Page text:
Photo: Indiana Landmarks
The historic home Veraestau overlooks the Ohio River at Aurora. Its name a combination of the Latin words for spring, summer, and fall, the home preserves the memory of one of the justices on Indiana’s first Supreme Court.
Jesse Lynch Holman was born in Kentucky in 1784, one of fourteen children. As a young man, he gained enough education to become a teacher for a brief period; a life-long devout Baptist, he also preached, but by 1800 seemed to settle on law as his future profession. In 1810 Holman married and also branched out into writing, publishing a novel set during the American Revolution in Virginia. A later biographer of Holman described the book as filled with “over-florid dramatic writing,” and although Holman never wrote another novel, he did occasionally compose poetry, including two lengthy narrative poems based on Indian legends.
In 1811, Holman and his wife Elizabeth moved across the Ohio River and began building a home on a high hill overlooking the river and the town of Aurora. Holman continued to practice law and also served as a circuit judge. In 1814, he was a delegate to the territorial legislature, and in 1816 he was appointed to serve on the new state’s first Supreme Court. Holman served on the state high court for fourteen years, before returning to Aurora and his home.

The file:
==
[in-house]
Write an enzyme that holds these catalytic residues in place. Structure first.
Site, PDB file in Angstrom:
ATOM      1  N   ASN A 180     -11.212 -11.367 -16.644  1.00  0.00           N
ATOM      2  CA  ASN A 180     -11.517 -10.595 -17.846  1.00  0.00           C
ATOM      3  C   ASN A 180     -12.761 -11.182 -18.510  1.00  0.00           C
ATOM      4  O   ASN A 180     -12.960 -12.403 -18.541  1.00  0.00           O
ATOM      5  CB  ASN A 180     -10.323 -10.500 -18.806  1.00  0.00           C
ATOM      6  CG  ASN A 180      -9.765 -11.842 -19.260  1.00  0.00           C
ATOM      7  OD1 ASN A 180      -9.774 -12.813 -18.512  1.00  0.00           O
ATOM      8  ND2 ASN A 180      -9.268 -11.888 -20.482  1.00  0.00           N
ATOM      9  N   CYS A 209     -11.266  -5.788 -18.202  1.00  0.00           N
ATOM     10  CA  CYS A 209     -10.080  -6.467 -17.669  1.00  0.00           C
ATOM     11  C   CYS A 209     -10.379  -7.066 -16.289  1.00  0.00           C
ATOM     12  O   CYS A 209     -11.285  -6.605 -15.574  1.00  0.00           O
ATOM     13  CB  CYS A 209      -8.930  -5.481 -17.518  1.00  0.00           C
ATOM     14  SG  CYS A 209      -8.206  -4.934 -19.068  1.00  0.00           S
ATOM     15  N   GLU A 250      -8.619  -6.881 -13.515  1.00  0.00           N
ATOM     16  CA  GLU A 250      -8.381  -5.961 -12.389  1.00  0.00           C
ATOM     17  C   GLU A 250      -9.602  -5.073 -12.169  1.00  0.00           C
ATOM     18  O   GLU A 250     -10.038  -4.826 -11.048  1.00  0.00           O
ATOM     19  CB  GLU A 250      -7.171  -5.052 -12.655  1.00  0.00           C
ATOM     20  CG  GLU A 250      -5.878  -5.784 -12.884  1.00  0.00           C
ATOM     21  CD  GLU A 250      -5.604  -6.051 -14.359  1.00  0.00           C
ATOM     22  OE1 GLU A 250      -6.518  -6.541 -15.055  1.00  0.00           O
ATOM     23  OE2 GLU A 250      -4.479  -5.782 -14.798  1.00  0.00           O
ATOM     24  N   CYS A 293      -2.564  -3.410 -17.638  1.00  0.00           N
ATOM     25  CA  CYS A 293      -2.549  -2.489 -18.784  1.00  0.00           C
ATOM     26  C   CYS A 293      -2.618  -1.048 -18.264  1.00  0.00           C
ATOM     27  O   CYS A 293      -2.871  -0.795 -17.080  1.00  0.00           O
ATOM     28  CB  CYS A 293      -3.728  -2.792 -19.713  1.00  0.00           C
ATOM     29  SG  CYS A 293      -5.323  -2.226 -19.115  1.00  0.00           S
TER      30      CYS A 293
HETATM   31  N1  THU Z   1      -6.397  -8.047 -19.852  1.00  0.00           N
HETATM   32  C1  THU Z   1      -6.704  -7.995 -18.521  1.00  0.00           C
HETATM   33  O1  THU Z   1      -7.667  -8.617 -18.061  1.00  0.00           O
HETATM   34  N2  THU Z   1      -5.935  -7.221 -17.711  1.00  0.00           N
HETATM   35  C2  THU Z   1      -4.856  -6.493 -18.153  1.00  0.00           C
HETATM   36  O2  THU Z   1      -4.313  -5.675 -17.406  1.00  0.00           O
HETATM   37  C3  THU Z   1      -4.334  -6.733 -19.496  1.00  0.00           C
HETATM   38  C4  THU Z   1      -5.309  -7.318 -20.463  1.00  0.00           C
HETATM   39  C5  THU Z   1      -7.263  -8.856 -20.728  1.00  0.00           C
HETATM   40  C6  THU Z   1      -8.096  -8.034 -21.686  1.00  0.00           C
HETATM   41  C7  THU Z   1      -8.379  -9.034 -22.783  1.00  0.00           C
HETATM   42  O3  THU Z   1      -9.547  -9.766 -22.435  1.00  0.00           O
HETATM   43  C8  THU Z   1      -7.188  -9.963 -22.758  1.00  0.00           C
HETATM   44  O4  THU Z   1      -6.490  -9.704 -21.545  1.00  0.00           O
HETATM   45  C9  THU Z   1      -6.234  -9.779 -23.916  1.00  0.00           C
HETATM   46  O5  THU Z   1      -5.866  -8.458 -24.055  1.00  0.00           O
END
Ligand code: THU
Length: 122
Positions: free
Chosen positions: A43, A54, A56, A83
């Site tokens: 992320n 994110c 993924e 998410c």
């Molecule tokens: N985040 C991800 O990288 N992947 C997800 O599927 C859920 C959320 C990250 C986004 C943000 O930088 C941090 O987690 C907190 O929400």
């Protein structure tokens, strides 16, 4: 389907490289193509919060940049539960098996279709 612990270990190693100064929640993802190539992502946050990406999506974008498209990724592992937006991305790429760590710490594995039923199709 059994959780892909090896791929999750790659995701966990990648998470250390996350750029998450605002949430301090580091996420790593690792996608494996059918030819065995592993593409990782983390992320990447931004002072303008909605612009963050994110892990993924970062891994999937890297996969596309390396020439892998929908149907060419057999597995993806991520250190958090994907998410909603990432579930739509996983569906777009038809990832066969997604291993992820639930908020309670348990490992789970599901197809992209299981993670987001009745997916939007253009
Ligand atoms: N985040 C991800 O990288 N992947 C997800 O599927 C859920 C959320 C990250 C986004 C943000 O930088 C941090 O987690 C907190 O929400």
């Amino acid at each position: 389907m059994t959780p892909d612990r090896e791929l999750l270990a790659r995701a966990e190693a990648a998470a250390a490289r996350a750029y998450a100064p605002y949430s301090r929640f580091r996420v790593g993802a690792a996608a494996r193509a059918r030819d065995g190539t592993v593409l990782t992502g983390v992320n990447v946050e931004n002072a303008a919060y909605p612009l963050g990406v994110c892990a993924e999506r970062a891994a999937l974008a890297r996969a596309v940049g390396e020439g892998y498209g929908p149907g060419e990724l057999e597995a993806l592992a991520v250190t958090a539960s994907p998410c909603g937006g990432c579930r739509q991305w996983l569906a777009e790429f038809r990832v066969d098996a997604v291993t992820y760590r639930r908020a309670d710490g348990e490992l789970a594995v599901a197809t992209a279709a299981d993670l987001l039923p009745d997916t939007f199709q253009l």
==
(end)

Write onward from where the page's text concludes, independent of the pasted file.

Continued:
Holman continued to practice law, but his list of accomplishments did not stop growing. In 1834, he was ordained as a Baptist minister and served the Baptist church he had helped to establish fourteen years earlier. Holman also took an interest in the growing Sunday School movement; served as a guiding influence behind a library and a seminary in Aurora; and was one of the founders of Franklin College. Holman’s interest in education also extended to the Historical Society of Indiana, for which he helped draft a constitution and of which he served as one of the founding vice presidents.
Jesse and Elizabeth Holman and their descendants are primarily remembered today for their beautiful home, which they named Veraestau. The house began as a two-story log home with a brick addition, was rebuilt after an 1837 fire as a single-story Greek Revival house, and finally transformed in 1913 into the large and imposing current structure. Veraestau still sits overlooking the Ohio River, now restored as a state historic site by Indiana Landmarks.
Source: George Blake, “Jesse Lynch Holman: Pioneer Hoosier,” Indiana Magazine of History 39 (March 1943); “Jesse Lynch Holman,” in Indiana Authors and Their Books, 1816-1916, comp. R.E. Banta (1949)
A Moment of Indiana History is a production of WFIU Public Radio in partnership with the Indiana Public Broadcasting Stations. Research support comes from Indiana Magazine of History published by the Indiana University Department of History.